News / South Africa

Lindi Masinga
3 minute read
29 Nov 2017
2:40 pm

Suspended Gauteng head of health fights against testifying at Esidimeni hearing

Lindi Masinga

Selebano’s defence counsel Craig Watt-Pringle said: 'Read between the lines, the government is saying they want to cross-examine him. This is a commission of inquiry, not an arbitration.'

Former Deputy Chief Justice Dikgang Moseneke during the Life Esidimeni arbitration hearing at Emoyeni Conference Centre, Parktown on October 10, 2017 in Johannesburg, South Africa. (Photo by Gallo Images / Sowetan / Veli Nhlapo)

Suspended Gauteng health head of department Barney Selebano’s defence said on Wednesday that subpoenaing him to testify at the arbitration hearing into the both transfer of mentally ill patients would be subjecting him to another hearing, as he was already facing disciplinary action.

During proceedings at the South Gauteng High Court, Judge Daniel Berger, said an individual could be subpoenaed during an arbitration and that his understanding was that Selebano was initially put on the testifying list by Section 27, a public interest law centre, and not the government because there was disciplinary action against him.

Selebano’s defence counsel Craig Watt-Pringle said: “Read between the lines, the government is saying they want to cross examine him. This is a commission of inquiry, not an arbitration.”

Watt-Pringle added Selebano had already answered to the Ombudsman, and had an internal disciplinary commission pending against him, and that appearing at the arbitration hearings would only mean that he was being subjected to yet another inquiry against him.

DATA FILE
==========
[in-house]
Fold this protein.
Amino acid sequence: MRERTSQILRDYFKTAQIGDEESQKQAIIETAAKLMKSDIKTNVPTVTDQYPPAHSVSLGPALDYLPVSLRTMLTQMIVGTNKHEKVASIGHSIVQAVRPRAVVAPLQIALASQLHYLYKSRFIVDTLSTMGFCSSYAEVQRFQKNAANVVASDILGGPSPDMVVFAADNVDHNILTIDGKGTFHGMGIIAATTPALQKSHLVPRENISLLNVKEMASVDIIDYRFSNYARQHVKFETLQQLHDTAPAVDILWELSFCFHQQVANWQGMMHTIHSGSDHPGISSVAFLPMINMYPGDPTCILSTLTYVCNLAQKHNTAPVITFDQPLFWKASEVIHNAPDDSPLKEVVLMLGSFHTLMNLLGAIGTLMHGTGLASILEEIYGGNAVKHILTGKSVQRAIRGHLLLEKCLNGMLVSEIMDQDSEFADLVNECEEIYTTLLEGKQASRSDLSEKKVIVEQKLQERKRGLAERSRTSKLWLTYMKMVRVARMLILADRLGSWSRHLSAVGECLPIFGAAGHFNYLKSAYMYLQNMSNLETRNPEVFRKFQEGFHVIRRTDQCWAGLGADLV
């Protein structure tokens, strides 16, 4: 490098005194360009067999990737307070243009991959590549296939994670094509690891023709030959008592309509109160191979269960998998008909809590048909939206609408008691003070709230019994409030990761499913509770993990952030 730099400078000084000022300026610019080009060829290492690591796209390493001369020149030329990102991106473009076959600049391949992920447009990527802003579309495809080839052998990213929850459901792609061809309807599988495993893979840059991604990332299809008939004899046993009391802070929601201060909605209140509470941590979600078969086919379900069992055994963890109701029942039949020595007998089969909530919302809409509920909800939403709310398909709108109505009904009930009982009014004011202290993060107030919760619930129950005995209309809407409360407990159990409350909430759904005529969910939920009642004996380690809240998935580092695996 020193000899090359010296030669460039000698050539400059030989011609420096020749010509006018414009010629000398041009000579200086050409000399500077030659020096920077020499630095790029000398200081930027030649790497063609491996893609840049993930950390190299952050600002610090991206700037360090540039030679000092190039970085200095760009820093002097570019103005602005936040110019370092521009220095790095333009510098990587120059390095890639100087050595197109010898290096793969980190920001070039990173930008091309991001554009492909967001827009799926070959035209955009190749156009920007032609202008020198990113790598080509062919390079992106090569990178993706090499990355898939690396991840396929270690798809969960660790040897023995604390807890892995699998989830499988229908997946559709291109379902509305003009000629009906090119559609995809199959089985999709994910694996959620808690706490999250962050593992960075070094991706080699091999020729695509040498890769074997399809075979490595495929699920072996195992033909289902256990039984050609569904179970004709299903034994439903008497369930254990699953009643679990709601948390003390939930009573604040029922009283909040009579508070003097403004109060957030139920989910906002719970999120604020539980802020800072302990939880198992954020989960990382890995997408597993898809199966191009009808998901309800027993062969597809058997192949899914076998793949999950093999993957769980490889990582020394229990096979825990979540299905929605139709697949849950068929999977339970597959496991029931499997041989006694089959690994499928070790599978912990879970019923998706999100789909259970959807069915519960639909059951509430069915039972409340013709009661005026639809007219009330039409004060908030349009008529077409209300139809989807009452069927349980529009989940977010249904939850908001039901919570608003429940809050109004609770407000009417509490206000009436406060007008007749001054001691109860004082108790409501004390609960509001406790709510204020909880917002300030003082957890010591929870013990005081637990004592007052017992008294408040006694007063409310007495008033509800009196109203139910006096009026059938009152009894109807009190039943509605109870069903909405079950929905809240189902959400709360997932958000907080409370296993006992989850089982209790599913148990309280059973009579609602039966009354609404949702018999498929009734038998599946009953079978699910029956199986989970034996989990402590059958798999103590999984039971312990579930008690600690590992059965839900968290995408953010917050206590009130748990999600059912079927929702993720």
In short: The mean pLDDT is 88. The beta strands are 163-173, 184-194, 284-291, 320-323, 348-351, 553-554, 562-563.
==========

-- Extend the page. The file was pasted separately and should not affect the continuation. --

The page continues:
He said: “It must be tested whether this is really an arbitration.”

Watt-Pringle said there was already acceptance that the ombudsman’s findings were correct, but Selebano did not necessarily agree, and argued the government had gone about the matter the wrong way.

Watt-Pringle added the purpose of the arbitration was not to vindicate, but to get answers and closure, and that there were so many features of the arbitration, but they were not completely sufficient to constitute it as an arbitration.

This, he argued, was the reason why Selebano is not obliged to testify.

“One does not obtain closure by receiving money, but by receiving answers,” Watt-Pringle said.

“The intense media presence are because of the main objectives, which is for the families to know what was happening.”

Health ombudsman Malegapuru Makgoba’s report on the Life Esidimeni transfers, released in February, found that Selebano committed ”gross misconduct and incompetence” as one of the officials in charge of the transfer of mental patients from Life Esidimeni to various unlicensed NGOs across the province. More than 140 patients died, largely as a result of poor care and neglect by ill-equipped NGOs.

Arguing for the state, Advocate William Mokhari said there was no prescribed format of how the arbitration proceedings had to be conducted.

“All the parties to the arbitration are in agreement that these are arbitration proceedings and everyone knows what’s happening and the procedures that will be followed,” Mokhari said.

Mokhari said it was common cause that there was an agreement that they were undergoing an arbitration and the format had nothing to do with it.

Mokhari told the court that the aim of the arbitration was to resolve the issues through the process and that claims would be vindicated.

“As a result of this process, when they’ve accepted the results they cannot return at a later stage. The agreement can only bind those who have signed.”

“You can’t resolve something that’s not in dispute.”

Mokhari told the court that Selebano could not dispute that one of the issues was compensation and the form of compensation would be decided by the arbitrator, with assistance of evidence provided.

Mokhari argued that how the dispute was resolved was broad, and would only be an issue if there was no resolution.

“He was the HOD, he is the one who signed off things. He must come and assist the arbitrator.”

“He must go there and tell the arbitrator that ‘I wasn’t involved’,” Mokhari said.

He added Selebano had the choice to answer the questions he was asked or not, and to protect himself.

“There is no basis for this application.”

Court adjourned for lunch.

– African News Agency (ANA)

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